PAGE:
Under Armour HOVR Guardian Review
Have you ever wondered about the origins of the running shoes? Or the running sneakers as they’re called today? Well, it’s hard to believe but they go way back, all the way to the 18th century. People weren’t exactly using them to run marathons, but they were quite in demand with the simple peasant folks who used them for plowing and work on the field.
They were rubber-soled shoes called plimsolls, but they were very uncomfortable. The plimsolls were pretty crude and uncomfortable and there was no way to differentiate which sneaker was for the left foot and which was for the right.
Things improved in the 19th century when U.S. Rubber Company produced the famous rubber sneakers with canvas tops, called Keds, but the true development of the sneakers came in the 20th century. For instance, the NBA star Chuck Taylor promoted the Converse All-Stars running shoes and since then they bear his name. They’re known as Chuck Taylor All-Stars and are one of the best selling running shoes in history.
But for now, let’s look at the Under Armour HOVR Guardian. This is a true pinnacle of modern technology and probably one of the best running shoes in existence.
UA HOVR technology
Medial post chassis
Full-length EVA sockliner
UA’s Record Sensor
The heel measures 26.5 mm in height, while the forefront measures 18.5 mm. They’re strategically placed on the forefront, and under the heel of the outsole in order to deliver greater traction and durability at high-impact strike zones. Think about it. Not only you’ll be secured and protected by the blown rubber pods, but the very few seconds of your running will also be filled with more bounce, boost from the get-go and much easier smooth take off. Oh, and the outsole to midsole offset is just 8 mm, which makes for one smooth running shoe.
Well, to a runner they mean everything. Very few people have actually been in a zero-G environment, but if you’ve seen footage of it, the first thing you’ll notice the lightweight feeling and the bounciness that the zero gravity gives to the person. Under Armour is trying to replicate that feeling of lightness and with the Guardian, running sneakers is trying to give you back the energy that you’ve spent while running. Both of them are important, but if your feet get tired fairly quickly you’ll enjoy the energy return a bit more. The Guardian running sneaker will be able to return some of the energy that you spent while running by allowing you to have the best comfort and cosines that you can have.
Oh, and you know what’s the best feature that these running sneakers have? They’re connected. Yup, that’s right. A pod is embedded in the midsole of the right shoe and that pod is connected via Bluetooth to MapMyRun. It allows runners to track their run data without a device, to receive virtual personalized coaching about the gait, stride length, pace, speed and so much more. All these metrics help to guide the runner to make their runs more efficient and to know where to improve in order to become better and faster.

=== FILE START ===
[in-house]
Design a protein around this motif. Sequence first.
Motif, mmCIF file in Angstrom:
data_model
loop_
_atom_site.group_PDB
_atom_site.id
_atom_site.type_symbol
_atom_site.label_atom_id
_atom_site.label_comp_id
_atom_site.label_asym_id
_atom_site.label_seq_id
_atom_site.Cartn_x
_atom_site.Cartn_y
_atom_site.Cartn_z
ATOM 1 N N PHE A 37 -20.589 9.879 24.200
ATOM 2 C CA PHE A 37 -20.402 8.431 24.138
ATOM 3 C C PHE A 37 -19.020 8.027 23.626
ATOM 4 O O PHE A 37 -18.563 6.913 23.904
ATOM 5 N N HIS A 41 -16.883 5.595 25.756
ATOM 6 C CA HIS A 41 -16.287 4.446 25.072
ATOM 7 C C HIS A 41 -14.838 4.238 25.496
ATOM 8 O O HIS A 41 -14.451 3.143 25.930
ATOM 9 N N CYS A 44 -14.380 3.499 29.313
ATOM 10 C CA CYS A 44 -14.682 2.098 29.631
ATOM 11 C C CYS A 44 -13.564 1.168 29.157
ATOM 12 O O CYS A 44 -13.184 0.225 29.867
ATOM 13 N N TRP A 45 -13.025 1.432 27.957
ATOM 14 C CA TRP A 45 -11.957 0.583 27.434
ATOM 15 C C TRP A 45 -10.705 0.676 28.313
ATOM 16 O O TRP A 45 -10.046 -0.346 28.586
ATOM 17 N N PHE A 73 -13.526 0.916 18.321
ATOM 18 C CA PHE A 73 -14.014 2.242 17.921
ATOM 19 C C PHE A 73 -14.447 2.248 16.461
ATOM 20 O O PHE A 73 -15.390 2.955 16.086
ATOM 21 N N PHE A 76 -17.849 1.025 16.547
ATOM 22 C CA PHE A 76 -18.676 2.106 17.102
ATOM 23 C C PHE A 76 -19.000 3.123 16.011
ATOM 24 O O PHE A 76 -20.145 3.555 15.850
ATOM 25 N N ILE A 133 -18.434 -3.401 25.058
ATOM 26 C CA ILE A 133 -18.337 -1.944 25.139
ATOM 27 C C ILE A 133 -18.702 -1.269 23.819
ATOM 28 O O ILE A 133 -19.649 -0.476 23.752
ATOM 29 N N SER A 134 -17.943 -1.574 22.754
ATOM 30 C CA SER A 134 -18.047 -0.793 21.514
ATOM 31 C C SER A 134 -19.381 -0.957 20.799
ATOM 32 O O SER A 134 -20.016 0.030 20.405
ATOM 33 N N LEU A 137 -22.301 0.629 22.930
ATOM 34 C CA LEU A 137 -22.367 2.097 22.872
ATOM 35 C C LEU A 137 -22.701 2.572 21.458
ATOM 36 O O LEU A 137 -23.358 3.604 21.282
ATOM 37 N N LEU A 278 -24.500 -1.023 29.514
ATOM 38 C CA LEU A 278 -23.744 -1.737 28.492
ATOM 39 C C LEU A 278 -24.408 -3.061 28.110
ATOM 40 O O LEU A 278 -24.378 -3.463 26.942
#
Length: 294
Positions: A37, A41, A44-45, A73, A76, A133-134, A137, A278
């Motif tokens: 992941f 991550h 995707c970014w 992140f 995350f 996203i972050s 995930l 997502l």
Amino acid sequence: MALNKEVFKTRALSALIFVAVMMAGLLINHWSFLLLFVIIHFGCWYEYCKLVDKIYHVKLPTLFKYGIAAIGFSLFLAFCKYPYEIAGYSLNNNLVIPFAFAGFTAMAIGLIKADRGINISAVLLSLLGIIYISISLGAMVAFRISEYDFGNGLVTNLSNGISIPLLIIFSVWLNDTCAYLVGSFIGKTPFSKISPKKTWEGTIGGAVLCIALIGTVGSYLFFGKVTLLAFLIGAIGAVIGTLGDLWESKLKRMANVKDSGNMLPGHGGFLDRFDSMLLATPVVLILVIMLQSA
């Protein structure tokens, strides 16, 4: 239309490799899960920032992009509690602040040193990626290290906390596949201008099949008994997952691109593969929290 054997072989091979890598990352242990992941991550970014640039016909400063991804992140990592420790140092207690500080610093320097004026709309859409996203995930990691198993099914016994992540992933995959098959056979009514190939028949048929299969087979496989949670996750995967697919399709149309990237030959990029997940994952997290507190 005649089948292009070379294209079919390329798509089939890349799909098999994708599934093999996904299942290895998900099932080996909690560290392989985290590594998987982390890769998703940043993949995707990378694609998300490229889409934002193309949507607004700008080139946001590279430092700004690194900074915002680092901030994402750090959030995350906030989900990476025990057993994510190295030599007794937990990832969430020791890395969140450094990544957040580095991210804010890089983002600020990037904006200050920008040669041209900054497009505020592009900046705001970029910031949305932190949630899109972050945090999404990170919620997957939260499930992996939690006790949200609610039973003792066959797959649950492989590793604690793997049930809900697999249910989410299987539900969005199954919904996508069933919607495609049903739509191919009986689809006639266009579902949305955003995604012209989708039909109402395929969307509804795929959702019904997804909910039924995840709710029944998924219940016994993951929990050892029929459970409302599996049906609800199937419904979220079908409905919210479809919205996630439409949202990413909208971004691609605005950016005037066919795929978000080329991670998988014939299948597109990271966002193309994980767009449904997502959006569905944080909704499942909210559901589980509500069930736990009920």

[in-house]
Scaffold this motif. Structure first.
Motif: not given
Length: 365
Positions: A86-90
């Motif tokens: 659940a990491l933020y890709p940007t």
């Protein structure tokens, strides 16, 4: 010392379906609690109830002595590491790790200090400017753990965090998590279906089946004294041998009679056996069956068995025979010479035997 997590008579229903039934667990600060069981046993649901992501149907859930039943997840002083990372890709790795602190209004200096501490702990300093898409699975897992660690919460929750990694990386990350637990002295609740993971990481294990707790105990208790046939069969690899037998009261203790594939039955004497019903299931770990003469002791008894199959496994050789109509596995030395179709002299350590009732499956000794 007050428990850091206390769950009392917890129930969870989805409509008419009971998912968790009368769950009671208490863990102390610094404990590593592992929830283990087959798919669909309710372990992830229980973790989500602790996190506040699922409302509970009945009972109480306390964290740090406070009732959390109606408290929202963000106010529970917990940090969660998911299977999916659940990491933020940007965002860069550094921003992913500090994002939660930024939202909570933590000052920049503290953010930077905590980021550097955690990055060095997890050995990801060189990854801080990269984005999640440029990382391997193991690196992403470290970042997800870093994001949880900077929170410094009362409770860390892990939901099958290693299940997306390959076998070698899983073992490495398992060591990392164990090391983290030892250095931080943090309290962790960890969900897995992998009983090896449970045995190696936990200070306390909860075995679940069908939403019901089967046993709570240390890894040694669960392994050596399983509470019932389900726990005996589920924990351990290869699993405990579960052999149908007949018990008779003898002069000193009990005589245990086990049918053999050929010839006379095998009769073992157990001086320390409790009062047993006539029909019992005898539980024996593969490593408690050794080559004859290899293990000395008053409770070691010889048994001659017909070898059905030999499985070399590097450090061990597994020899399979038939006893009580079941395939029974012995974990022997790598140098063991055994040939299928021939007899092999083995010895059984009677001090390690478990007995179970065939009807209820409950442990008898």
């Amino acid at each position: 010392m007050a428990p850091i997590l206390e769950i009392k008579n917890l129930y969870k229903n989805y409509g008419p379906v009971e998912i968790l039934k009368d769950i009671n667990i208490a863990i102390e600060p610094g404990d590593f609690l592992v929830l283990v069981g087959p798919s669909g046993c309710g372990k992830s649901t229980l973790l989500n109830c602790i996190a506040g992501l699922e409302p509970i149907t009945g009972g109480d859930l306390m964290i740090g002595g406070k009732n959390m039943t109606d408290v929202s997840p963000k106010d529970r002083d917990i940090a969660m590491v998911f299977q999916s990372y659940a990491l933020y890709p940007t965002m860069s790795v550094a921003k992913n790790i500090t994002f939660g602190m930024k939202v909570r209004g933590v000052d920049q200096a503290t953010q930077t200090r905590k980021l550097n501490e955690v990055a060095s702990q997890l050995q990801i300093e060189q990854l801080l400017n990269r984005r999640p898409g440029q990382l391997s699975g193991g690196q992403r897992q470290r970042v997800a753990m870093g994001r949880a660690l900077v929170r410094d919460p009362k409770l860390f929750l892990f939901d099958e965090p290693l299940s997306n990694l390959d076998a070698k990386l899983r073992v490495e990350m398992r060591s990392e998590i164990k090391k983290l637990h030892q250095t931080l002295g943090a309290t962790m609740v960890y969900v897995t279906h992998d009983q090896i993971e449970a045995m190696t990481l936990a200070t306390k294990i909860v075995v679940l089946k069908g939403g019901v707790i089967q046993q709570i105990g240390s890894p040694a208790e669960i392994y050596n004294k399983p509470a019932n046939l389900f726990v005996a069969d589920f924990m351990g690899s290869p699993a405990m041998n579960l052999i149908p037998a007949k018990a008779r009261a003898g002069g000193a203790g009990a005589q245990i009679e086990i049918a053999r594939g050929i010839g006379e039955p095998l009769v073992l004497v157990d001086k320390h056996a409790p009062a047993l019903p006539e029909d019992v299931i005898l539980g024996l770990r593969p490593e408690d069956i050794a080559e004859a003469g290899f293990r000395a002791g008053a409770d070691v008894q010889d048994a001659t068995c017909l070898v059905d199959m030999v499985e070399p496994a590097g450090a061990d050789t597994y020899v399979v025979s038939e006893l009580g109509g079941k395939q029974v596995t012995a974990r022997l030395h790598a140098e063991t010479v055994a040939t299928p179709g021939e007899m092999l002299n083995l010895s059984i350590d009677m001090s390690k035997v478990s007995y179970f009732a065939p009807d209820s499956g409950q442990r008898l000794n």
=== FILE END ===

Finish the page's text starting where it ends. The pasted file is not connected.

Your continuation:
Of course, there’s the fantastic 3D molded sock liner. It’s made out of highly durable open-cell PU foam and like the sneaker itself, its gender specific. What does it mean? Well, it basically means that it’s constructed specifically to meet each gender’s anatomical needs. Men and women have very different and anatomically shaped feet, and UA wants’ to allow more comfort by replicating the specifics of the anatomy and insert them in a quality a 3D molded sock liner. The medial post chassis in the upper helps to guide a proper foot-strike and to prevent over-pronation, but the rigid external heel counter that fits at the back of the upper is there for the much needed superior.
That particular support keeps the back of the foot locked in place, and helps you to have better control of your feet when they’re in the sneakers.
No, we’re not done yet. The high-tech and elaborate futures in the upper don’t end here, as there are plenty more things to be mentioned about these sneakers. If you do choose to run at night and in places that are dimly lit, don’t worry. The Guardian will guard your feet like no other sneaker. Reflective details are deliberately inserted to allow you increased visibility on low-light runs, and the lacing system that sits on the front of the upper doesn’t have the classic tying in a bow option. The laces are modeled to allow the foot to move easily in the sneaker and to feel secure without the need of fastening.
The upper is also equipped with 360 degrees of reflectivity, which allows you to work out and run in poorly lit areas, and the plush collars help a lot in the comfort department. Why? It cushions the ankle and protects the Achilles from irritation. But if there’s a flaw in the design of the sneakers is the addition of connectivity. The connection to MapMyRuns necessary and there are better ways to measure the distance, the speed and the performances on the person that’s running. It’s a high tech feature, but it’s highly unlikely that anyone will be using the Record sensor technology in these sneakers. It would have been much nicer if some other parts of the sneakers were improved (like the lacing system), but the digital connection of the sneakers to an app is not a high priority. It’s a great shoe nonetheless.